Our extensive work on retirement policy covers the many ways the aging of America will trigger changes in how we work, retire, and spend federal resources.
The number of Americans age 65 and over will rise from about 13 percent in 2008 to 20 percent by 2040. The recession dealt a heavy blow to retirement accounts, leaving many older adults worried about their retirement security. Read more.
The retirement savings of American households took a big hit when the stock market crashed in 2008. Since then, however, a good portion of these losses has been reversed. This fact sheet reports the value of assets held in retirement accounts and defined benefit plans and how they have changed since 2007-before the stock market crash and the Great Recession. It replaces "Retirement Account Balances"
Extended job loss dealt a serious financial blow to many workers during the Great Recession and recovery. Despite the protection provided by unemployment insurance benefits, family incomes fell 40 percent or more for half of workers unemployed for at least six consecutive months between August 2008 and December 2011. About a quarter began experiencing economic hardship, including more than a third of African Americans, Hispanics, and unmarried adults. Social Security shielded most workers ages 62 and older from the worst outcomes, although early retirees receive lower monthly retirement checks for the rest of their lives, possibly causing financial hardship later.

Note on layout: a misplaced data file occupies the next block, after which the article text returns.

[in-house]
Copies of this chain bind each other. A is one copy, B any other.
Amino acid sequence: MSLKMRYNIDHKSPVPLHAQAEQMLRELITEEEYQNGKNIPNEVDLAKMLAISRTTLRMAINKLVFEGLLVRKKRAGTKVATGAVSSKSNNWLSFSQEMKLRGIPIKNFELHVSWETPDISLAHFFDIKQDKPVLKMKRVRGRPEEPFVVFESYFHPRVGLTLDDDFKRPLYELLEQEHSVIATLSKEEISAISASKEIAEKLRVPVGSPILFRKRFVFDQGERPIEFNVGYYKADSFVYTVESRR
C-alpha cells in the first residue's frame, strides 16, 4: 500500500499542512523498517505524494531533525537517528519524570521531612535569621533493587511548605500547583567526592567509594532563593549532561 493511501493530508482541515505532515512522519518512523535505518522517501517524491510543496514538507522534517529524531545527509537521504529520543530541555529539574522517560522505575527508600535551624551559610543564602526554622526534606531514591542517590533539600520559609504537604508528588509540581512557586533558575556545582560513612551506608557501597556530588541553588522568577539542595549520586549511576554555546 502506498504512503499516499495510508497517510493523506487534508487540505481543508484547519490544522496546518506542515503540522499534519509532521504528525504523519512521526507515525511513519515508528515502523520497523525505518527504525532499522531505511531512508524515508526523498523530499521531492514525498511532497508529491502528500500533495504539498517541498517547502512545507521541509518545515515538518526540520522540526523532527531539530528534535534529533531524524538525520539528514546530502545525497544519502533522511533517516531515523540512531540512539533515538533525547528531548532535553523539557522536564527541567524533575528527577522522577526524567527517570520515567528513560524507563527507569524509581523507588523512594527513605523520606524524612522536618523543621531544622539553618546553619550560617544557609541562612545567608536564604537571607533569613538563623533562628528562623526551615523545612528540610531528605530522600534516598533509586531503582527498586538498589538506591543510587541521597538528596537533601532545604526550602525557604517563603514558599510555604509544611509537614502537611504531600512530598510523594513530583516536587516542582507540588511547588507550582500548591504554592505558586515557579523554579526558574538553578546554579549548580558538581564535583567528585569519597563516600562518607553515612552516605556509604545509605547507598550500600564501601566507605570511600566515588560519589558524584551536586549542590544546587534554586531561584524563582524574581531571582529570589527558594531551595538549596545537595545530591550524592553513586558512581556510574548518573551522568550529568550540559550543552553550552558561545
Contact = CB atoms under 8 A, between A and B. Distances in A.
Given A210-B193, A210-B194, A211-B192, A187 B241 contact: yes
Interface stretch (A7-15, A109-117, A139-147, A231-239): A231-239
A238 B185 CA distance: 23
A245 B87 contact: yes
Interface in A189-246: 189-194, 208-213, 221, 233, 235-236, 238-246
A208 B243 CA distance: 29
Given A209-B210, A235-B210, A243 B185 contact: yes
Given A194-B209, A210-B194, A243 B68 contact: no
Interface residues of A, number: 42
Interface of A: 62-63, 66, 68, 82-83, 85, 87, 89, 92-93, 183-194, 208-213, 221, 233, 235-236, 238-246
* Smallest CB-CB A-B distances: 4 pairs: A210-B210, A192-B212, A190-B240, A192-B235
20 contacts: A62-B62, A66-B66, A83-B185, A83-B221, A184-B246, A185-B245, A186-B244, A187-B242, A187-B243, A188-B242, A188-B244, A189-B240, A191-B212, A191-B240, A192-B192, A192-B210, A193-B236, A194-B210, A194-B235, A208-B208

This study considers nonworking older adults and their channels of support before qualifying for Social Security benefits. Results show that among adults ages 55 to 61, nonearners are more likely than earners to be poor, to be concerned about not having adequate resources for retirement, and to be dissatisfied with their retirement when they do retire. However, nonearners are a heterogeneous group. A large share is poor, with low incomes and limited wealth. But a sizeable share is income-poor and asset-rich. More than for singles, this phenomenon characterizes nonworking married adults, who are generally better off than their unmarried counterparts.
Despite the Great Recession and slow recovery, the American dream of working hard, saving more, and becoming wealthier than one's parents holds true for many. Unless you're under 40. Stagnant wages, diminishing job opportunities, and lost home values may be painting a vastly different future for Gen X and Gen Y. Today's political discussions often focus on preserving the wealth and benefits of older Americans and the baby boomers. Often lost in this debate is attention to younger generations whose wealth losses, or lack of long-term gains, have been even greater.
When it comes to saving, owning a home, paring down debt, and growing a retirement nest egg, those under age 40 have stagnated as their parents' generation accumulated, new research from the Urban Institute's Opportunity and Ownership Project demonstrates. Average household net worth, even with the fallout from the Great Recession, nearly doubled from 1983 to 2010, but not for those born after 1970. Their average inflation-adjusted wealth in 2010 was 7 percent below similarly aged individuals in 1983.